UNITED STATES COURT OF APPEALS FOR THE SECOND CIRCUIT
April 4, 1938
IN RE SAN JUAN GOLD, INC.
Appeal from the District Court of the United States for the Southern District of New York.
Before MANTON, SWAN, and CHASE, Circuit Judges.
SWAN, Circuit Judge.
About six months prior to the institution of reorganization proceedings under section 77B of the Bankruptcy Act, 11 U.S.C.A. § 207, the appellant was retained as attorney to defend an action brought against the debtor in a state court. In this capacity he was given possession of the corporation's minute book and other papers pertinent to the litigation. In the debtor's petition for reorganization the appellant was listed as a creditor in the estimated amount of $500 for legal services in the still pending action. Thereafter the debtor's trustee, alleging that the book and papers retained by Mr. Becker were essential to the proper conduct of the debtor's business, sought an order to compel him to surrender them. He asserted a lien thereon for fees in the sum of $1,000. Without taking evidence as to the value of the services or providing security for payment of them, the District Court directed that the documents be turned over to the debtor's trustee. An appeal from the order was allowed by this court.
An attorney has a lien for fees upon papers of his client which come into his possession in the course of his professional employment, and such lien is not invalidated by the bankruptcy of the client. The Flush, 2 Cir., 277 F. 25; In re Badger, 2 Cir., 9 F.2d 560; Underhill v. Jacob Doll & Sons, 2 Cir., 69 F.2d 519; In re Allied Owners, 2 Cir., 72 F.2d 255. As explained in The Flush, supra, the right to retain the papers is valuable to the attorney in proportion as denial of access to them causes inconvenience to the client. Where the client or some one representing him has a pressing necessity for them, the court will order them delivered up upon condition that the fee be paid or security given for such sum as may be found to be due. In the case at bar the trustee argues that the debtor has insufficient funds either to pay or to provide security for the appellant's fee. The record contains no evidence that the debtor is without funds, but however this may be, the fact is immaterial. Nor is it material that the debtor's reorganization proceedings may be thwarted, if access to the papers is denied. The attorney's lien cannot be disregarded merely because the pressure it is supposed to exert becomes effective. Cf. Davis v. Davis, 90 F. 791, C.C. Mass. If it is worth anyone's while to have the 77B proceedings continue and the papers are essential to that end, the necessary funds to obtain their release may be forthcoming; if not, the debtor and its trustee must do without them.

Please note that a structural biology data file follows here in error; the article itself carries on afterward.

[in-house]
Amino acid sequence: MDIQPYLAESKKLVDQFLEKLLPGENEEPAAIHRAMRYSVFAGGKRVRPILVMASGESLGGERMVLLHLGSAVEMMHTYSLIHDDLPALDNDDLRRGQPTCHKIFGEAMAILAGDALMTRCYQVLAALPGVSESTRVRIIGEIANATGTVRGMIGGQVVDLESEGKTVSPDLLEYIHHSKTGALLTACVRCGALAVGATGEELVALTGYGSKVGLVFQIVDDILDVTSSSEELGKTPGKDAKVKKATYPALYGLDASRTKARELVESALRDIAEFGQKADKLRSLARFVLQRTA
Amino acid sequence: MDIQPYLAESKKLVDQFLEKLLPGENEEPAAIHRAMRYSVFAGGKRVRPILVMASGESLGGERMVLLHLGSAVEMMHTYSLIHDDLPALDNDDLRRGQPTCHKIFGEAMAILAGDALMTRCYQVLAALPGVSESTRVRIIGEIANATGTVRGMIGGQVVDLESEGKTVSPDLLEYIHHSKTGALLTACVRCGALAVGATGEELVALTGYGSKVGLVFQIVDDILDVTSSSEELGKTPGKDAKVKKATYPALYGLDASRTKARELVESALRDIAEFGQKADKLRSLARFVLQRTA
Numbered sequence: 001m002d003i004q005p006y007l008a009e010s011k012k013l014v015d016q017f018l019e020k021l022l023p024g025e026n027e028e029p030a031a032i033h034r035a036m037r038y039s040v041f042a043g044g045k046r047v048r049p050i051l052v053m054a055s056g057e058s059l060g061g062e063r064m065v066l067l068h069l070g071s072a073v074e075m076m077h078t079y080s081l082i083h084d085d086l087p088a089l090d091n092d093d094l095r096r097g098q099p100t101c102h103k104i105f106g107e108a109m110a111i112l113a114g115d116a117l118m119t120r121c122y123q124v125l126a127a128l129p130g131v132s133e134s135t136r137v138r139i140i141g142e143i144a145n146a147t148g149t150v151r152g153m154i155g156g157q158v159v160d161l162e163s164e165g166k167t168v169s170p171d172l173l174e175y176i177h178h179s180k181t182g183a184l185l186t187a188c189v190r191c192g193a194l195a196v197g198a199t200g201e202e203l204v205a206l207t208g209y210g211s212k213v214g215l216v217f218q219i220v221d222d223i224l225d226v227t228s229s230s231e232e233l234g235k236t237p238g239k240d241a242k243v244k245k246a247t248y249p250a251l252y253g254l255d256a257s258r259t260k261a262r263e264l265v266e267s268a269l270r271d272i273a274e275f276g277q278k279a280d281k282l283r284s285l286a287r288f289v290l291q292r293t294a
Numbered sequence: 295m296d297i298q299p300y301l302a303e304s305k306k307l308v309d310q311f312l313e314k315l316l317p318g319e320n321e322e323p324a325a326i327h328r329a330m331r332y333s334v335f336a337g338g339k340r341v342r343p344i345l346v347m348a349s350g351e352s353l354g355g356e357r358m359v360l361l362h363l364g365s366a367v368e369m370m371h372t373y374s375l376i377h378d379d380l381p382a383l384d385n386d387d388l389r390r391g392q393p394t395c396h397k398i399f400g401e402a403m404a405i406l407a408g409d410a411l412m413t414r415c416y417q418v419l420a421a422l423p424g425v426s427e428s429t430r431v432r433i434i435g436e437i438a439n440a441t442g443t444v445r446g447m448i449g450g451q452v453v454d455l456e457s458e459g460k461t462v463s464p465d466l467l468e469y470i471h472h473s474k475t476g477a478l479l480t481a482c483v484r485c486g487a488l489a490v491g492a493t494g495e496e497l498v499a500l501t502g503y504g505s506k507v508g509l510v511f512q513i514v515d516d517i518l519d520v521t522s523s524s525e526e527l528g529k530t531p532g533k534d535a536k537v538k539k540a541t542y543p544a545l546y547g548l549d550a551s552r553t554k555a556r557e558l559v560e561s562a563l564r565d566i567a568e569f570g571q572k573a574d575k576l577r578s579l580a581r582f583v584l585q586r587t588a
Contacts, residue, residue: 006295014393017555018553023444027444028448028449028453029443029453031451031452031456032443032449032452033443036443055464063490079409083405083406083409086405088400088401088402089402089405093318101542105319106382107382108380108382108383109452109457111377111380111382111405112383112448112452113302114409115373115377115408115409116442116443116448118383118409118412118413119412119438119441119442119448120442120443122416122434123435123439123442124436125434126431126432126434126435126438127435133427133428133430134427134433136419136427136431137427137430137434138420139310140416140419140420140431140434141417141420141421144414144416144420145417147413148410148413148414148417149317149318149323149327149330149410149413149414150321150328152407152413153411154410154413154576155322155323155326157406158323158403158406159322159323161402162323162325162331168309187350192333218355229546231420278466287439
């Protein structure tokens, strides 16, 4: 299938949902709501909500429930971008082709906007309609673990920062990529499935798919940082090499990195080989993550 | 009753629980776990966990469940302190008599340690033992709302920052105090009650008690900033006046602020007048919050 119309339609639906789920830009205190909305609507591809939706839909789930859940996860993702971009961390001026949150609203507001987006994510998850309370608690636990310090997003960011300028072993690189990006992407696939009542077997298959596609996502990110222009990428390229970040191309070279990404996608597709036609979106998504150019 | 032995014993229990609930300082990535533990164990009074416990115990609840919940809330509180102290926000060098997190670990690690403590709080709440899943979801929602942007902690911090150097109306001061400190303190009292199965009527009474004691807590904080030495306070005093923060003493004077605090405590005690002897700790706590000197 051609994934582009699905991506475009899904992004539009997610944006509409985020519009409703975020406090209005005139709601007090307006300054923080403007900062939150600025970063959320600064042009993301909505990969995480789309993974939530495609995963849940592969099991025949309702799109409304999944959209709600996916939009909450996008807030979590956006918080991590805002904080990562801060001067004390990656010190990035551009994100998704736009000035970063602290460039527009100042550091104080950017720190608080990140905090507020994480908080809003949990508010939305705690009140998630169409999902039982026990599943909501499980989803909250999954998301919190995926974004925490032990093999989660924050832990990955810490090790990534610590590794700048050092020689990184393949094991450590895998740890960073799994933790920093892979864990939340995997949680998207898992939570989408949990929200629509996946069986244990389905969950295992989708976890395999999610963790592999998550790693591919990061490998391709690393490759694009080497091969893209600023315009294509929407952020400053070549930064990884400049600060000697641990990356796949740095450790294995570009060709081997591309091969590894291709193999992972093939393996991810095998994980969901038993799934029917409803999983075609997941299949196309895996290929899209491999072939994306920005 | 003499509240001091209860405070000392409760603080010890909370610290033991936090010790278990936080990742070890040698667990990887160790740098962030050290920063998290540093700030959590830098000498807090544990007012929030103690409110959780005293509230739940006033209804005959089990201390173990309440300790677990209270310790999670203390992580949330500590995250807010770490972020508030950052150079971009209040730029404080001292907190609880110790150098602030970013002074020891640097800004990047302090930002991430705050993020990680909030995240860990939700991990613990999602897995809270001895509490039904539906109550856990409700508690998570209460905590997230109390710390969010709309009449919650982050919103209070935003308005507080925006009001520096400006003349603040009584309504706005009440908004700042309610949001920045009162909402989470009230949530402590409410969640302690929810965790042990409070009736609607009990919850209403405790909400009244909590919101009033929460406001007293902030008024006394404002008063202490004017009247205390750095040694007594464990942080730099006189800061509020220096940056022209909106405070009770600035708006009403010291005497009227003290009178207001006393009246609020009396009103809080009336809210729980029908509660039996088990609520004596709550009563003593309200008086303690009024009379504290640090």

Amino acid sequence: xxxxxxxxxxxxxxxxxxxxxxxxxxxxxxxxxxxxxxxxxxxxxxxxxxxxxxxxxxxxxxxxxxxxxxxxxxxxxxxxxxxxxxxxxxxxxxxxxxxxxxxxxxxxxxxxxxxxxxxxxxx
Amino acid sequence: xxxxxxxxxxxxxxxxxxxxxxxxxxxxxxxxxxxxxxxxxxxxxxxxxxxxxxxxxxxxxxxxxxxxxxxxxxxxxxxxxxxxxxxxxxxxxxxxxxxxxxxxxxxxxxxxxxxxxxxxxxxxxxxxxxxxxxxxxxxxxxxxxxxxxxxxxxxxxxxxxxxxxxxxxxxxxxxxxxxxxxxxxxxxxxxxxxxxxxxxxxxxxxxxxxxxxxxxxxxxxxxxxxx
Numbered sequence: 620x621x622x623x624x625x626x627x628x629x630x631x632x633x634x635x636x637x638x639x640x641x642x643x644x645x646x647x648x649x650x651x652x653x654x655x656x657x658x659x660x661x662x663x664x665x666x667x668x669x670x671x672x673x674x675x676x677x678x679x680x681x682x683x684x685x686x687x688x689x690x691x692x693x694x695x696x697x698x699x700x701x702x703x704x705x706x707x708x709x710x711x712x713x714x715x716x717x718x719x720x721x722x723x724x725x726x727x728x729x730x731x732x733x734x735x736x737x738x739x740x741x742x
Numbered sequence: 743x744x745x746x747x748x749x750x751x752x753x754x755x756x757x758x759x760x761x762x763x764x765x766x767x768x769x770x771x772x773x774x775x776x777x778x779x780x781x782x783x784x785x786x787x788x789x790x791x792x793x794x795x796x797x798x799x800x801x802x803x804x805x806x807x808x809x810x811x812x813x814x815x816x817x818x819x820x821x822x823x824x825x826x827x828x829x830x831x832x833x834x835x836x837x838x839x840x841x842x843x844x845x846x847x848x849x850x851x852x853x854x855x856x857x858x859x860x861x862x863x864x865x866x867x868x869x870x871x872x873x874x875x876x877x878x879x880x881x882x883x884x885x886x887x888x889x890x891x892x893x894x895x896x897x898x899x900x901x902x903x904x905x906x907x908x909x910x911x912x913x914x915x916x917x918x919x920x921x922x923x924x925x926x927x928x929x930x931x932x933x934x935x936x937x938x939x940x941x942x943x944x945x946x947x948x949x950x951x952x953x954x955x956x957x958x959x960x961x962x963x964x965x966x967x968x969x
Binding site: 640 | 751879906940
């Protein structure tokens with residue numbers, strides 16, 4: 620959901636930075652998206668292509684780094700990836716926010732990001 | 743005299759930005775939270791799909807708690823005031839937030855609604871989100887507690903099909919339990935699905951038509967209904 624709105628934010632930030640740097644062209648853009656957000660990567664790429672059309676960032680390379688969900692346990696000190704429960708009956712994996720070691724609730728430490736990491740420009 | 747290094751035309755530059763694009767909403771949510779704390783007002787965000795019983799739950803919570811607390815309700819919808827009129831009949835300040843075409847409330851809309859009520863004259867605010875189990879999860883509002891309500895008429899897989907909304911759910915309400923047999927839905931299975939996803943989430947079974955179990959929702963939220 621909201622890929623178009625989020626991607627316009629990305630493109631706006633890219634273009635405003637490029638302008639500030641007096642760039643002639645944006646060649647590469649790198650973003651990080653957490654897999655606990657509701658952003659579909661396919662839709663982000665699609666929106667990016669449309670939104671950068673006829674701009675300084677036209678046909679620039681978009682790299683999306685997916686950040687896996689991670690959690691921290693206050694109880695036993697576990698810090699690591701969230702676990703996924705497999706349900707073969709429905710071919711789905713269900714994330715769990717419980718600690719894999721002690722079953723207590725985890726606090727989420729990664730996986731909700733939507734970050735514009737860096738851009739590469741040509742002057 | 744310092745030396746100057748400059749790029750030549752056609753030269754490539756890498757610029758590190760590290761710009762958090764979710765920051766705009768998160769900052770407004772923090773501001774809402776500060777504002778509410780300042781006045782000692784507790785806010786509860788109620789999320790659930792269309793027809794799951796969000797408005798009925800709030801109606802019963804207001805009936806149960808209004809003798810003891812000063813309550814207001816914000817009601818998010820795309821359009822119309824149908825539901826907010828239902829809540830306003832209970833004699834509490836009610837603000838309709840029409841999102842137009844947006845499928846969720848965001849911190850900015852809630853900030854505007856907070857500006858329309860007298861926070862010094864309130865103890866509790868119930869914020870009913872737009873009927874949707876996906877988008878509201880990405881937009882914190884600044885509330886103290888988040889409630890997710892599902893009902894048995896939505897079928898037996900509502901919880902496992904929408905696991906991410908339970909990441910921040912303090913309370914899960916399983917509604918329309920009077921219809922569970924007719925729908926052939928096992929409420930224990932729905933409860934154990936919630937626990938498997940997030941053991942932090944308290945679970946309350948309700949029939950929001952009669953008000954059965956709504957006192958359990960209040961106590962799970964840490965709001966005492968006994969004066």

Finally, it is argued that adequate security will be provided by making the attorney's fee a preferred claim in any plan of reorganization which may be confirmed, as the District Judge stated he would do. The order appealed from contains no such provision; if it had, this would have furnished no adequate security. There is no assurance that a plan will ever be confirmed, and the appellant, after having been compelled to part with his papers, would then be left with no leverage to force payment of his fees. See The Flush, supra.
The order is reversed.
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